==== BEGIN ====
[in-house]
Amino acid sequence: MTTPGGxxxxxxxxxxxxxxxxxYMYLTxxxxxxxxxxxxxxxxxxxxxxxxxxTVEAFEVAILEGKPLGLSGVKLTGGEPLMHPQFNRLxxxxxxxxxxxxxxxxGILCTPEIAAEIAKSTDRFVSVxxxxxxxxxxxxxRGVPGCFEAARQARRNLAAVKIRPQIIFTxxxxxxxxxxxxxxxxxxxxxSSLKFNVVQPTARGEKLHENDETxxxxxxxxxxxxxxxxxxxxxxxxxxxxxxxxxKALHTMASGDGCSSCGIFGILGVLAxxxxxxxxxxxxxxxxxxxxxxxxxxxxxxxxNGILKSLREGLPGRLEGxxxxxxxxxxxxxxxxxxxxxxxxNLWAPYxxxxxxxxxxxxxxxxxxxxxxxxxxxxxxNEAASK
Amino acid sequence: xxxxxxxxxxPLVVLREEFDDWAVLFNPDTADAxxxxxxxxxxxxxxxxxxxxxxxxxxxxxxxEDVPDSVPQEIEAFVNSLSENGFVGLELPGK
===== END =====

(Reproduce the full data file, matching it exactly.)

[in-house]
Amino acid sequence: MTTPGGxxxxxxxxxxxxxxxxxYMYLTxxxxxxxxxxxxxxxxxxxxxxxxxxTVEAFEVAILEGKPLGLSGVKLTGGEPLMHPQFNRLxxxxxxxxxxxxxxxxGILCTPEIAAEIAKSTDRFVSVxxxxxxxxxxxxxRGVPGCFEAARQARRNLAAVKIRPQIIFTxxxxxxxxxxxxxxxxxxxxxSSLKFNVVQPTARGEKLHENDETxxxxxxxxxxxxxxxxxxxxxxxxxxxxxxxxxKALHTMASGDGCSSCGIFGILGVLAxxxxxxxxxxxxxxxxxxxxxxxxxxxxxxxxNGILKSLREGLPGRLEGxxxxxxxxxxxxxxxxxxxxxxxxNLWAPYxxxxxxxxxxxxxxxxxxxxxxxxxxxxxxNEAASK
Amino acid sequence: xxxxxxxxxxPLVVLREEFDDWAVLFNPDTADAxxxxxxxxxxxxxxxxxxxxxxxxxxxxxxxEDVPDSVPQEIEAFVNSLSENGFVGLELPGK